Boris Johnson to face Tory leadership hustings after police visit to home
Officers called to candidate’s house after reports of domestic incident
Jeremy Hunt (L) and Boris Johnson (R) face off in race to be prime minister. Photograph: Odd Anderson and Paul Ellis/AFP/Getty
Boris Johnson has addressed questions regarding police being called to the home he shares with his girlfriend, in the early hours of Friday morning.
Neighbours alerted the police after hearing a loud altercation involving screaming, shouting and banging, according to the Guardian.
Mr Johnson said voters were entitled to ask about his character, but on the matter of the police being called to his home, said “people don’t want to hear about that kind of thing”.
He said Britain wants somebody who can get the job done.
When asked if he would refuse to comment on the events of Friday, he replied that was “pretty obvious”.
Mr Johnson was speaking at the Tory leadership hustings, where he will go head to head with his challenger for the Conservative crown, Jeremy Hunt
About 160,000 Conservative Party members will get a vote in the final round of the Conservative leadership contest.
As they make their choices, Boris Johnson and Jeremy Hunt will audition in front of the party’s grassroots by taking part in 16 hustings in every region of the UK, starting with Birmingham on Saturday.
Ahead of the hustings, Mr Hunt attacked his rival over reports he was avoiding a live TV debate before postal ballots are returned.
Invoking Mr Johnson’s personal hero, Winston Churchill, in his criticism, the UK’s foreign secretary told the Daily Telegraph: “This is supposed to be his finest hour ... but if you’re going to hide away, that’s not democracy.
“He may be the right man, I may be the right man. But Conservative Party members can only make that choice if you have a proper debate.
“And you can’t have that debate if one of the candidates is bottling all opportunities to have a public head-to-head debate before ballot papers are sent out.”
Mr Hunt said that “scrutiny can be uncomfortable”, but “if we can’t handle it with friends, we won’t deserve to lead against our opponents”.
Police officers were alerted early on Friday to an altercation at the home Mr Johnson shares with his girlfriend Carrie Symonds after neighbours said there had been screaming, shouting and banging, according to the Guardian.
At one point Ms Symonds was heard telling Mr Johnson to “get off me” and “get out of my flat”, the Guardian reported.
The newspaper said it had heard a recording of the incident in which Mr Johnson could allegedly be heard saying “get off my f****** laptop” before a loud crashing noise.
The Guardian said Ms Symonds could also be heard saying Mr Johnson had damaged a sofa with red wine.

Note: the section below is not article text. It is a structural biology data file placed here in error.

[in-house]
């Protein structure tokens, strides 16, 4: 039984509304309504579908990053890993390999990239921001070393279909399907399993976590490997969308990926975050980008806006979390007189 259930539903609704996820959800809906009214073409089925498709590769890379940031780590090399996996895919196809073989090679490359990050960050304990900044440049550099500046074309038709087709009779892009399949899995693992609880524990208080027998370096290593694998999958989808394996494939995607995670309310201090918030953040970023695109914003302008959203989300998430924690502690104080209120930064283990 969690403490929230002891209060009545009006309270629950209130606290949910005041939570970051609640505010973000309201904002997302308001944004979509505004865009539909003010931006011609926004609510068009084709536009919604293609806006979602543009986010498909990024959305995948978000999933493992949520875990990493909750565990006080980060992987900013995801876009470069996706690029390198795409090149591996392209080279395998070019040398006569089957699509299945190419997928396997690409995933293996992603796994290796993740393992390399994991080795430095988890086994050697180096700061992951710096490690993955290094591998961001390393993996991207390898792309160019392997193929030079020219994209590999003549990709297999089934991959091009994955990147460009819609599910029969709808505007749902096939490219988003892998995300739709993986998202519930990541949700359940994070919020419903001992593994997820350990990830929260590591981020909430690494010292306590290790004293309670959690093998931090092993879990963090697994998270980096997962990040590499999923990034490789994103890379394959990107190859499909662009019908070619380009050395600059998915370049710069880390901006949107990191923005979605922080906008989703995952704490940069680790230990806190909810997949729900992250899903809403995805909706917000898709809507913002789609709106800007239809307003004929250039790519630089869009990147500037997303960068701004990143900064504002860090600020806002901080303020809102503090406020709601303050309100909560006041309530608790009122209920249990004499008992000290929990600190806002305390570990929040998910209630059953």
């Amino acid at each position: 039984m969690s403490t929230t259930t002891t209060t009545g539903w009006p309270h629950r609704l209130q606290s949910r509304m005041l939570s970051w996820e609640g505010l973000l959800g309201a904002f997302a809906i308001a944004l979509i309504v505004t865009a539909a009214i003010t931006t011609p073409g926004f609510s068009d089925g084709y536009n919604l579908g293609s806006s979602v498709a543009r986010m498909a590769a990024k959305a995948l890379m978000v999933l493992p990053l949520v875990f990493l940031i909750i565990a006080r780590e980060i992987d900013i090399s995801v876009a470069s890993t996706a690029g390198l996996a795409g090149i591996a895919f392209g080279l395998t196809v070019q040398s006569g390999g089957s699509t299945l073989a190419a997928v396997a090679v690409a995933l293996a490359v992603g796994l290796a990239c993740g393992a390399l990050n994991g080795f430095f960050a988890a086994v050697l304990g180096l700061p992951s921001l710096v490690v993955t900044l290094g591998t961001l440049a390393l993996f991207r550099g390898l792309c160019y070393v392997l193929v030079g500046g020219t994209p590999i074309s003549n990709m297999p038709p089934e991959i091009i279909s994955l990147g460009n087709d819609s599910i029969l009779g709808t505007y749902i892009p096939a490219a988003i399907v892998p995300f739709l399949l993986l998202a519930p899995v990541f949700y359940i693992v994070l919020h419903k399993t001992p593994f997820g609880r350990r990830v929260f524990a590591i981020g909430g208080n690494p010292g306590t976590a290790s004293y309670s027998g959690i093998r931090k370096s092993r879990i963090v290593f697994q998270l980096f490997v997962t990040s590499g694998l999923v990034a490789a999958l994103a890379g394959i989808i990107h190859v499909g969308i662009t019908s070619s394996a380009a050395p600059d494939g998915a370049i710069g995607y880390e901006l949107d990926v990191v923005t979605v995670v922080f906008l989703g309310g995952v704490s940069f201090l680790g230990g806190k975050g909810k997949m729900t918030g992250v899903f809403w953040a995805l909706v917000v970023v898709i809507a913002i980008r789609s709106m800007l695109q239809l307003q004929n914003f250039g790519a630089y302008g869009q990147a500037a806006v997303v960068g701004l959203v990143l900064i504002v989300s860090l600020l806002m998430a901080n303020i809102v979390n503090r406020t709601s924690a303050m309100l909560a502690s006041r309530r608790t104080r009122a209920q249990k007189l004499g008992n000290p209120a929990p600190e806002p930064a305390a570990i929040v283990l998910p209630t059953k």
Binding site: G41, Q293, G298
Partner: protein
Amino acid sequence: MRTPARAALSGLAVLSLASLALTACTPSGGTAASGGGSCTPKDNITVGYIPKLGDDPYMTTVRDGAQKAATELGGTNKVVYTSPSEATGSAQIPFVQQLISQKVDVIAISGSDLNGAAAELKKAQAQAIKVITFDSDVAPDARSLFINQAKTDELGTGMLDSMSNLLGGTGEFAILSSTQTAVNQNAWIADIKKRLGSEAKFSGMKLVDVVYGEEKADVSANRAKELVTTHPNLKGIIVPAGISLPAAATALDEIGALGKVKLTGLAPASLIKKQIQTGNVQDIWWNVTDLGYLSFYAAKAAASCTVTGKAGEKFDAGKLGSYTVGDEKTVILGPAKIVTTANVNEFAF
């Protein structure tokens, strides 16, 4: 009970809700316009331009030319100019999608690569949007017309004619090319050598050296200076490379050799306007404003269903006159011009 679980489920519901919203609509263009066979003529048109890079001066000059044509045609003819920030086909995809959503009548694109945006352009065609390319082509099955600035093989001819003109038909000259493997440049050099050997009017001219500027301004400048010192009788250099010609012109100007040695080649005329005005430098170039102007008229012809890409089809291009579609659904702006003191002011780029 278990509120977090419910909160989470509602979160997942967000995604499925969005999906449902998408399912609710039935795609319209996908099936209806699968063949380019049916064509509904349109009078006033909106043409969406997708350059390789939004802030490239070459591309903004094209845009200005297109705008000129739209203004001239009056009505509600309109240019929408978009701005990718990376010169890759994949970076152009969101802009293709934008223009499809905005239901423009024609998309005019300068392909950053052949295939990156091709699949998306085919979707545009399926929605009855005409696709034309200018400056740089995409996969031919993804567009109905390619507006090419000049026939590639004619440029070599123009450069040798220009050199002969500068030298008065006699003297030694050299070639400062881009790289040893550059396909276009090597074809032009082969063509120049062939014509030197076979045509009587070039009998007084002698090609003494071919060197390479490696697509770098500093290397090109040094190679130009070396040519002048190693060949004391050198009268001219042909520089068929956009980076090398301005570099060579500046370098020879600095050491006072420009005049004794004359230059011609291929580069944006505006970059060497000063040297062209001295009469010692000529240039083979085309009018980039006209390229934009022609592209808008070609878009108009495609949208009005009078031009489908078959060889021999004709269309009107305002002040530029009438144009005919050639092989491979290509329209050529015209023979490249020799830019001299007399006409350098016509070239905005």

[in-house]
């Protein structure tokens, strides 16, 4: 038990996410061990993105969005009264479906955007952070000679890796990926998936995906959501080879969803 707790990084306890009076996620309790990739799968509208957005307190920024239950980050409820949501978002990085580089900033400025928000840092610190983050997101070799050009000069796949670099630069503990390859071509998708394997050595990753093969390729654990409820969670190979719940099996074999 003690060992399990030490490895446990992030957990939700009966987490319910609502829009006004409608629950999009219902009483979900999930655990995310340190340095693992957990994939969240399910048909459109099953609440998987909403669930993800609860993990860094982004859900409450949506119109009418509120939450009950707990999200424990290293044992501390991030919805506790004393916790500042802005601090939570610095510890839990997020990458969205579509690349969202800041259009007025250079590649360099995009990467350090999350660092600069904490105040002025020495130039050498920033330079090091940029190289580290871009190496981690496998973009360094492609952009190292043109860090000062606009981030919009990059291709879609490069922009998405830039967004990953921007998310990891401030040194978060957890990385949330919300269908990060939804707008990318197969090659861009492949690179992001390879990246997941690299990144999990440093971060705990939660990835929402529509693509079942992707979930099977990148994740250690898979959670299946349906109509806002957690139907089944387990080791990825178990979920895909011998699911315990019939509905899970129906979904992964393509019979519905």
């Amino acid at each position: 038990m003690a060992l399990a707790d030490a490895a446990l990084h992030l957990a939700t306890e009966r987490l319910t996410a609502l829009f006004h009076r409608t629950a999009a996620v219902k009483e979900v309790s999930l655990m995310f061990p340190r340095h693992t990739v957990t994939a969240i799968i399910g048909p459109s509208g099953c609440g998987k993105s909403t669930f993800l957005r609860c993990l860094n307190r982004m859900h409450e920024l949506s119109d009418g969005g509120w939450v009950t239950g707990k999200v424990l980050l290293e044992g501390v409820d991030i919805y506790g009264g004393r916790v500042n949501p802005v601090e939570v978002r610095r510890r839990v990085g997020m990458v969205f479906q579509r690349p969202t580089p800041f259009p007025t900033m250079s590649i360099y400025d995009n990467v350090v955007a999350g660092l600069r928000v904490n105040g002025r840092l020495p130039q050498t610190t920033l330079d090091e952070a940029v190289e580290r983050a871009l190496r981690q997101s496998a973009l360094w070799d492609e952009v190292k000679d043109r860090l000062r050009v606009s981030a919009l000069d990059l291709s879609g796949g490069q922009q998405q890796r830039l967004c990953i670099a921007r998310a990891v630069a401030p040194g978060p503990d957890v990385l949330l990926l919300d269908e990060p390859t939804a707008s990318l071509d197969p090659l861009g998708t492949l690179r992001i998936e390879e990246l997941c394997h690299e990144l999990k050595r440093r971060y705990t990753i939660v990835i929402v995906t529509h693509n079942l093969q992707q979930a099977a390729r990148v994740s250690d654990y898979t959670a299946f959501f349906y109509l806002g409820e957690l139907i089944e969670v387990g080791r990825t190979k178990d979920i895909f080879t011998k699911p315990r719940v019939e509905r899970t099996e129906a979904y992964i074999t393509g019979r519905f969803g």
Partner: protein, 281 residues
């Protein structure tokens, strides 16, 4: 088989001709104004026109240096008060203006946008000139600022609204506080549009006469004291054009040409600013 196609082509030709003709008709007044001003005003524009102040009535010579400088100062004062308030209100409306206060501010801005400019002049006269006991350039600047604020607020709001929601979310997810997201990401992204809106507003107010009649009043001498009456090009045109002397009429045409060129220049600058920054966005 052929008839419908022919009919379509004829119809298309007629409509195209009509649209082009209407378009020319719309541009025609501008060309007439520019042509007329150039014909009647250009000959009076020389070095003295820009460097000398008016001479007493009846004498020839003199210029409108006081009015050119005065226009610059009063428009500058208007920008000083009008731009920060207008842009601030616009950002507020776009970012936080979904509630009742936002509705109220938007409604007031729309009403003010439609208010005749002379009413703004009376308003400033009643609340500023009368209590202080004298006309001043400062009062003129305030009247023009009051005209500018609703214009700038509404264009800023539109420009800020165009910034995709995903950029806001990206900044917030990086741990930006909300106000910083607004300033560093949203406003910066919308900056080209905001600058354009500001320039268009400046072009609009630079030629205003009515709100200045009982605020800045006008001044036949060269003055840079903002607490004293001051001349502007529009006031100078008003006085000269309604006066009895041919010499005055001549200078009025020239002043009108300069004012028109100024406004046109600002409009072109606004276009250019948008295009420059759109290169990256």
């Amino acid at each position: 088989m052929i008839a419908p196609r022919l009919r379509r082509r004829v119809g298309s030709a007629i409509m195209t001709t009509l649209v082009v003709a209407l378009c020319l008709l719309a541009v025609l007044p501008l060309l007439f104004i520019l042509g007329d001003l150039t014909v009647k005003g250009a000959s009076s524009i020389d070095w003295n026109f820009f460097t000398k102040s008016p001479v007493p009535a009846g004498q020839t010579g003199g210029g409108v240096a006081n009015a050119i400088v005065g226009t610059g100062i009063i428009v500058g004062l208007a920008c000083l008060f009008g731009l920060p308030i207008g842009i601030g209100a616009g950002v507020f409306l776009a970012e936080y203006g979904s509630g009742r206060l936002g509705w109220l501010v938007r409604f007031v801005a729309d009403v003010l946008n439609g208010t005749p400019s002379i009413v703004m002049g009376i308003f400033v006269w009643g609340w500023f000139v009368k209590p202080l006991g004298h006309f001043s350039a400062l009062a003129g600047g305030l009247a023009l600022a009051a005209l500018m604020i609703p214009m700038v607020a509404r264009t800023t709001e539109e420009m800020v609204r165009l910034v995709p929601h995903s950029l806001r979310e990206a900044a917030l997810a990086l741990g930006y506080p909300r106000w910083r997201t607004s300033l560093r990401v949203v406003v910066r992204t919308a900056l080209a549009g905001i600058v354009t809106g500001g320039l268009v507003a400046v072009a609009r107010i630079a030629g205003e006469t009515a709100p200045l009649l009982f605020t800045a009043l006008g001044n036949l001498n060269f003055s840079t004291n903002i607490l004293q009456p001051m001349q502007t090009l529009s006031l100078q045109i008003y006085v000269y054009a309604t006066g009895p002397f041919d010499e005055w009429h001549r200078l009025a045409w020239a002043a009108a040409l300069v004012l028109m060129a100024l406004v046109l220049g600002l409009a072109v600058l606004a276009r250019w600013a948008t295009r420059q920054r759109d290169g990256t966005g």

“You just don’t care for anything because you’re spoilt. You have no care for money or anything,” Ms Symonds is reported to have said.
Scotland Yard said they were alerted to the situation by a caller who “was concerned for the welfare of a female neighbour”.
A neighbour, a 32-year-old nursery worker who would only give her name as Fatimah, said: “Just after midnight I heard a lady shouting, but I couldn’t make out what she said, then I heard plates and glasses smashing and things being thrown around.
“I was watching something on the television and I had to mute it because I was quite concerned, it was coming through the walls.”
Another neighbour, who did not want to be identified, told the Telegraph: “I heard the row, it was pretty loud. I was quite worried to be honest, it was bad.
“I heard a lot of smashing — it sounded like plates or glasses — and I could hear her shouting. It was definitely her; I didn’t hear him. There was a lot of shouting and swearing. It didn’t last that long, maybe five minutes.”
Tory grassroots will gather on Saturday as reports of the row feature across the front pages.
Former attorney general Dominic Grieve said the issue of character is relevant in the Conservative leadership race as party members choose between Mr Johnson and Mr Hunt.
Mr Grieve told BBC Radio 4’s Today programme: “I think the issue of any candidate’s character, standing for the leadership of a party, and aiming to be a prime minister is going to be relevant.
“And has to be relevant because they are going to be in a position of responsibility where they have to make very important decisions.
“I think one has got to be a bit careful about what aspects of character really matter.
“But, clearly, things like reliability and honesty are very important things.
“And, I think they matter in one’s private and personal life, and also they matter in one’s public life.
“So, people are going to have to weigh that up in respect of either of these two candidates.”
Mr Johnson’s team have declined to comment on the reports, while his supporters remained largely quiet.– PA, Reuters